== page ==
Riga is a city I’d love to spend a month in. I just might do that next year. Here’s why you should too.
The Old Town is truly stunning, although it only occupies less than 1% of Riga. The rest of the city is fascinating. Physically, it’s beautiful. Located along a river just off the Baltic Sea, Riga sprawls with a highest point only 10 meters. The history of the city is also impressive. Primarily established by the Germans, once the largest city in Sweden, occupied by the Russians (who currently almost outnumber the Latvians) and now the biggest city in the Baltic States. But I won’t spoil too much of the walking tour.
The Free Walking Tour, as always, is the first thing to do when you arrive. The tour covers quite a bit of Riga, and actually not that much in the Old Town proper. Instead you get to see the massive market buildings (originally zeppelin hangers built by the Germans) where a tenth of the city shops every day, the Latvian Academy of Science, the stunning Nativity of Christ Cathedral and many more landmarks. My couchsurfing host Janny took the tour with me, as she is not native to Riga, and was able to learn quite a bit from it. Artūrs was our guide, and he did a great job adding comedy and stories to the tour around the city.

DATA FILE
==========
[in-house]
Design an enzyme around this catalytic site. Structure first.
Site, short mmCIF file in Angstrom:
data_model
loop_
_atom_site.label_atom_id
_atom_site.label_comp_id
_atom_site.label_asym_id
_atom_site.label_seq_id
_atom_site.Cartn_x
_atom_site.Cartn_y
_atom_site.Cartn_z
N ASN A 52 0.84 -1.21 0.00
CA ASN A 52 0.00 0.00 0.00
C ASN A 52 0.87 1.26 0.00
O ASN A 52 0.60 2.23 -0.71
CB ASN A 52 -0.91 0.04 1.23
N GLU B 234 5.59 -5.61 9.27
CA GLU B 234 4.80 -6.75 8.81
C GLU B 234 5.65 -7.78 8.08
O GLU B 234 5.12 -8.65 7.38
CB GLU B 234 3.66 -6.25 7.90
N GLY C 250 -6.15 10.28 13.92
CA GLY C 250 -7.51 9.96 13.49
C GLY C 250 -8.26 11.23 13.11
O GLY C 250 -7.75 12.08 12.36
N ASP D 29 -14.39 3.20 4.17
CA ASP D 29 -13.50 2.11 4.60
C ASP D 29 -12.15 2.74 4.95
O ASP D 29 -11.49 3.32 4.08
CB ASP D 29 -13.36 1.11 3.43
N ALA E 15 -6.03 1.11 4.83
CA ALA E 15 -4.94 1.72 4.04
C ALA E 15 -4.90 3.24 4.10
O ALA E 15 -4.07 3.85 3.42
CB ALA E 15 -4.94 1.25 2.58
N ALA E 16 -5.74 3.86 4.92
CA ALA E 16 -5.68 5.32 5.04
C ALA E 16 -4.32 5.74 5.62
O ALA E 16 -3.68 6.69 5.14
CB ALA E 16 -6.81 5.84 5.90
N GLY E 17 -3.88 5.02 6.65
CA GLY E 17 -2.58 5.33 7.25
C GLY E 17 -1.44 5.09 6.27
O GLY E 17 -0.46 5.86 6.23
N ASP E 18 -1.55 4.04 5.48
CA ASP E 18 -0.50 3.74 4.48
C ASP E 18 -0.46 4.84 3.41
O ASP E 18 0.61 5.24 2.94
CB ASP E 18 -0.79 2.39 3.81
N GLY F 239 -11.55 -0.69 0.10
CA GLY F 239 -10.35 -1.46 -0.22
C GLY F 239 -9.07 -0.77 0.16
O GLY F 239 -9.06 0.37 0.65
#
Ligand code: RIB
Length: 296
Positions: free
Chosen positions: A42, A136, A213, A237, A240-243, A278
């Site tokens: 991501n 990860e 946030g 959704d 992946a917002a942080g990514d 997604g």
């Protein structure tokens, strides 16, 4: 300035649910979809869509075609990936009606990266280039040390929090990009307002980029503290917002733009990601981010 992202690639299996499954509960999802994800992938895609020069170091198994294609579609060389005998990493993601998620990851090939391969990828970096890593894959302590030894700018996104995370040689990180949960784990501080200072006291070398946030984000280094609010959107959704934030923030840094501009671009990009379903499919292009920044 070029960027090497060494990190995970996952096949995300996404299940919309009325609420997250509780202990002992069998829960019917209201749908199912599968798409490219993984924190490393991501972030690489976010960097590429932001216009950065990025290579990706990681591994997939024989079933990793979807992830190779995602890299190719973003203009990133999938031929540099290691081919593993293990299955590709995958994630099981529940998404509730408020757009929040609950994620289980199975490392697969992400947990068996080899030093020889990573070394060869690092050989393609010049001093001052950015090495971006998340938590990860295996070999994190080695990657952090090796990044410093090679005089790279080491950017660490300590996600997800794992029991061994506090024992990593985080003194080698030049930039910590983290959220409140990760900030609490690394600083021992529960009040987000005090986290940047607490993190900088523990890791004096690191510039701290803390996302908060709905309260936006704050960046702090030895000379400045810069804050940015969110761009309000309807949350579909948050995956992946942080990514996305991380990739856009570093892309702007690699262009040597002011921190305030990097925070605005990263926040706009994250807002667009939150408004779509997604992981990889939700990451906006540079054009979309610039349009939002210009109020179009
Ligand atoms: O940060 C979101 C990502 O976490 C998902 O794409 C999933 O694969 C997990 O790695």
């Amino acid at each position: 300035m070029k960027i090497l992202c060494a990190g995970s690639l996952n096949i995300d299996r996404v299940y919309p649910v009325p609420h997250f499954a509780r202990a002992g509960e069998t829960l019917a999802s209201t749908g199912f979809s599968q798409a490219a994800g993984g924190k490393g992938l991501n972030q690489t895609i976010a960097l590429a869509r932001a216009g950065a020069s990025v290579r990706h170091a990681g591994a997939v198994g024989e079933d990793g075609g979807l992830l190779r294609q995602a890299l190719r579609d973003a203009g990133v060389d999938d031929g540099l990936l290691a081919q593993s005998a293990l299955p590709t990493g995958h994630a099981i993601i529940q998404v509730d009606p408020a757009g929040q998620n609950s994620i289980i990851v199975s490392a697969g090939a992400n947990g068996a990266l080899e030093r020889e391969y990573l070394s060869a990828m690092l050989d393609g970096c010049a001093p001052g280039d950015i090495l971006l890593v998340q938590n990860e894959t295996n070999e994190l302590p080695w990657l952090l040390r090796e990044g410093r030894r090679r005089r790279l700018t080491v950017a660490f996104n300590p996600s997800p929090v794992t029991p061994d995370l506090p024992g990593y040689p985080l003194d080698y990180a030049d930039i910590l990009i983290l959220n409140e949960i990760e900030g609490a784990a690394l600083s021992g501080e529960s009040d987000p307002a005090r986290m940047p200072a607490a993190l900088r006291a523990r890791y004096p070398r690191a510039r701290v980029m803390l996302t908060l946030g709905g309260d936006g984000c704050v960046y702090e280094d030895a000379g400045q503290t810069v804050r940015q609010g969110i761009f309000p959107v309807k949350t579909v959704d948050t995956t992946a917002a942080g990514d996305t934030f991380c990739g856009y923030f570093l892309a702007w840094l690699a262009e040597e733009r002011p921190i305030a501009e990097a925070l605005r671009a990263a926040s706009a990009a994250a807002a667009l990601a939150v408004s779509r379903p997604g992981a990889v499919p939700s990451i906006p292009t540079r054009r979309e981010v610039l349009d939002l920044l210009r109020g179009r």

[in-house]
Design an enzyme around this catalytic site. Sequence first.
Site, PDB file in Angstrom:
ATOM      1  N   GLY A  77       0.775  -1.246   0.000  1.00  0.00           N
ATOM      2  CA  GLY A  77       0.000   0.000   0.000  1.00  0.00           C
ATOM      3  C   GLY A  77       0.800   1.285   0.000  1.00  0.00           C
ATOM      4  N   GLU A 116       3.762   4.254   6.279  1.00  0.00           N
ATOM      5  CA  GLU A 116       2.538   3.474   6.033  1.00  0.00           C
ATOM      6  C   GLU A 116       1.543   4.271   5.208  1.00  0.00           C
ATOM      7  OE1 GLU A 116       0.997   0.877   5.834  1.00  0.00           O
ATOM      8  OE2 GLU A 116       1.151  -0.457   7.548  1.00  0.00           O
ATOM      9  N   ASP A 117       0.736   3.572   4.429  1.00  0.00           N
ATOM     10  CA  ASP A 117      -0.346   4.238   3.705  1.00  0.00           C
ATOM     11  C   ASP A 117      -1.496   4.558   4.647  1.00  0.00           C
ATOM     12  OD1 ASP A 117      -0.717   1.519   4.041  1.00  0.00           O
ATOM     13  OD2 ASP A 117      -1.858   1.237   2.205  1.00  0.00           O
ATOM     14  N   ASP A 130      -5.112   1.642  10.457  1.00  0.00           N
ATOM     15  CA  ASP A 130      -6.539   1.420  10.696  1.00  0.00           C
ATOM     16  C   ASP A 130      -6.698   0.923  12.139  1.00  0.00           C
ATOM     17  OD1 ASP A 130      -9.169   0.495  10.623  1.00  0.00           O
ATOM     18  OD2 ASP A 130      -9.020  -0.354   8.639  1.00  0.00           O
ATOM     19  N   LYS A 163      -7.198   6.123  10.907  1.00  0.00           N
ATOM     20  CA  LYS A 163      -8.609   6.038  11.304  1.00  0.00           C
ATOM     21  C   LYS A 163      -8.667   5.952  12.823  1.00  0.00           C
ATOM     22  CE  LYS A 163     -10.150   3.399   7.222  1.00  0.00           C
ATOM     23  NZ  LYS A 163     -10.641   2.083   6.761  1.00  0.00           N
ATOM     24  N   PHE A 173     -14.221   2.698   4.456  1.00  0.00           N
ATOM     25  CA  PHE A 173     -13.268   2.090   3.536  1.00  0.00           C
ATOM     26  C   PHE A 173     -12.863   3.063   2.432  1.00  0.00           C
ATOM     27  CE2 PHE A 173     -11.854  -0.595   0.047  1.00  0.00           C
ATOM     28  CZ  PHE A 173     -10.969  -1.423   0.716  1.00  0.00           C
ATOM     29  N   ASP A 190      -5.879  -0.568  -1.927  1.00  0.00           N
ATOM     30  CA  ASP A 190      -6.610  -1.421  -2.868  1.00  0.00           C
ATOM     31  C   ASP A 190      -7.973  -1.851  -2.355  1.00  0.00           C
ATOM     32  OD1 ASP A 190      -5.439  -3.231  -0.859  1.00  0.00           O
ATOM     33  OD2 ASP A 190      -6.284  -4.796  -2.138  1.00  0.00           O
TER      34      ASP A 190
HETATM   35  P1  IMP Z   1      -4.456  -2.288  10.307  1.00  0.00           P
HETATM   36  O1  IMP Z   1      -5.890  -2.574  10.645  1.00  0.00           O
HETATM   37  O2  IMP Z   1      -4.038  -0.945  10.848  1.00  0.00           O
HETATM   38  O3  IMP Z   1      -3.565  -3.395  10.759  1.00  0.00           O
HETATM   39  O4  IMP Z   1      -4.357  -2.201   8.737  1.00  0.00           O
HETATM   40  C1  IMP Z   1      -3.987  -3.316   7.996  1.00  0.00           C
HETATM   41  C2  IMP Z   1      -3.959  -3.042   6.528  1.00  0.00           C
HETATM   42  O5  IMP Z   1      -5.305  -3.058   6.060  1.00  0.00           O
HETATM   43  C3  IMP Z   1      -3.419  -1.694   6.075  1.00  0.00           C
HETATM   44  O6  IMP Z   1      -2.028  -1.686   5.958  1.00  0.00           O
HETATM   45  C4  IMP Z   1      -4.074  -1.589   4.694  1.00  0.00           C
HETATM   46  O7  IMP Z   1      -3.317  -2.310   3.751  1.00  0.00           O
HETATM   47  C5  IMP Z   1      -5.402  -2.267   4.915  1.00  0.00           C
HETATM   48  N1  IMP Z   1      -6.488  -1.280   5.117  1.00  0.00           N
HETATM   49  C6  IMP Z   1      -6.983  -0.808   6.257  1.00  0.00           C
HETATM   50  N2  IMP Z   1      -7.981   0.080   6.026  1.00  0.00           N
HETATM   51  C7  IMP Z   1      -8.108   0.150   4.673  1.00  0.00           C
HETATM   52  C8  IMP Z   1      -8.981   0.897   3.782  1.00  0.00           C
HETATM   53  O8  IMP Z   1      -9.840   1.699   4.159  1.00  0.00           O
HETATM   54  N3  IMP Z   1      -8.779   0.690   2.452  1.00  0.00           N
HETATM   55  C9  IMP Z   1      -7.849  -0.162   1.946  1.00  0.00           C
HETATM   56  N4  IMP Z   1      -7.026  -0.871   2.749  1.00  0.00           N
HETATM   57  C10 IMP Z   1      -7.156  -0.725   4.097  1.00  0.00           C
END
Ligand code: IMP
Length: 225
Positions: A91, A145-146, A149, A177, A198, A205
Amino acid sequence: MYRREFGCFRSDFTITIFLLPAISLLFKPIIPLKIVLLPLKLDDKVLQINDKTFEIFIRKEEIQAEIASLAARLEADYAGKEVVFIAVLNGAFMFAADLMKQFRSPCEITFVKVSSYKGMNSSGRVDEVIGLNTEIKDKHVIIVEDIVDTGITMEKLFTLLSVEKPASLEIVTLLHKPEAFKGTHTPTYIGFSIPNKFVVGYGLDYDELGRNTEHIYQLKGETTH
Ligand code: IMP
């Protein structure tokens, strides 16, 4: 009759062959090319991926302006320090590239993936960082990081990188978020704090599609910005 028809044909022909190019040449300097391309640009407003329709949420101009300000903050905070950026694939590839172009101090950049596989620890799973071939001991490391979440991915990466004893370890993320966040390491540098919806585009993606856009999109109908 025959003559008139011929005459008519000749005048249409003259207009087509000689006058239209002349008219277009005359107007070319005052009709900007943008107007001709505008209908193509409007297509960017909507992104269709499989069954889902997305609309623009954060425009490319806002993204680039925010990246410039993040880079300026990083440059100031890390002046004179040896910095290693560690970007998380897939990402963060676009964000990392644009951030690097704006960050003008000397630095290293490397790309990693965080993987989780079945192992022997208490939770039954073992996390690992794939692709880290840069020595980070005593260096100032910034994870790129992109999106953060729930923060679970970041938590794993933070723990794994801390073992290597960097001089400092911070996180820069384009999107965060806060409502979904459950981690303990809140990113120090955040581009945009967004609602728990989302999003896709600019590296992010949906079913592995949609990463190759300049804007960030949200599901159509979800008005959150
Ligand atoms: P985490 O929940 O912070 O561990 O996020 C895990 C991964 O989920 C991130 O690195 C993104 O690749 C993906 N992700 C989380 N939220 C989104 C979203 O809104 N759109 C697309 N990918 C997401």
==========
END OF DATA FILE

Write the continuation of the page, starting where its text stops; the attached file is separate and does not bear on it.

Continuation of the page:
After the walking tour, I found Karina and Erenimi Archery. This is a makeshift archery range just outside of St. Peter’s Church. For €5 you can get twelve shots at a target with some instruction from Karina. I didn’t see the sign when I walked up and asked if she was giving free lessons. She was nice enough to say yes to me and I ended up staying for a couple hours, which led to meeting the owner Nauris and seeing about possibly setting up more archery ranges in cities around the world. I really want to get one going in Edinburgh when I return there next winter.